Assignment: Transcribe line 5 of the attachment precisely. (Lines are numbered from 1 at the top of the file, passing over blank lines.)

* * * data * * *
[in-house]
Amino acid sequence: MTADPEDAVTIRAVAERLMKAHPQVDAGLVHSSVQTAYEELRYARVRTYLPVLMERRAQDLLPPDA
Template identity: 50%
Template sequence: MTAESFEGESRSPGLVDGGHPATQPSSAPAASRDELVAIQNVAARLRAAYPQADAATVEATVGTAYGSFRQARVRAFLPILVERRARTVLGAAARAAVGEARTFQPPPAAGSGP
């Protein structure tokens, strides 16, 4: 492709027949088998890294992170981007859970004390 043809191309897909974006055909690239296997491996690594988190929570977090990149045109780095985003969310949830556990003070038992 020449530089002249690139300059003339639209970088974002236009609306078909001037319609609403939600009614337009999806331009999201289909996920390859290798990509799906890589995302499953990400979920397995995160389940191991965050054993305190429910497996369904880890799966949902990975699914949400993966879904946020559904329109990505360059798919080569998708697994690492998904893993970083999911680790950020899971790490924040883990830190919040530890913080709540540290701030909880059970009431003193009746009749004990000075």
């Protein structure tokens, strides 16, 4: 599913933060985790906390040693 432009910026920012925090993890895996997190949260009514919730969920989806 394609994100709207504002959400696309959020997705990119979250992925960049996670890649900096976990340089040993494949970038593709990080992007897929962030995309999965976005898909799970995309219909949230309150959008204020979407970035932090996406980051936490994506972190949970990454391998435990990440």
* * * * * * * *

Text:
């Protein structure tokens, strides 16, 4: 492709027949088998890294992170981007859970004390 043809191309897909974006055909690239296997491996690594988190929570977090990149045109780095985003969310949830556990003070038992 020449530089002249690139300059003339639209970088974002236009609306078909001037319609609403939600009614337009999806331009999201289909996920390859290798990509799906890589995302499953990400979920397995995160389940191991965050054993305190429910497996369904880890799966949902990975699914949400993966879904946020559904329109990505360059798919080569998708697994690492998904893993970083999911680790950020899971790490924040883990830190919040530890913080709540540290701030909880059970009431003193009746009749004990000075």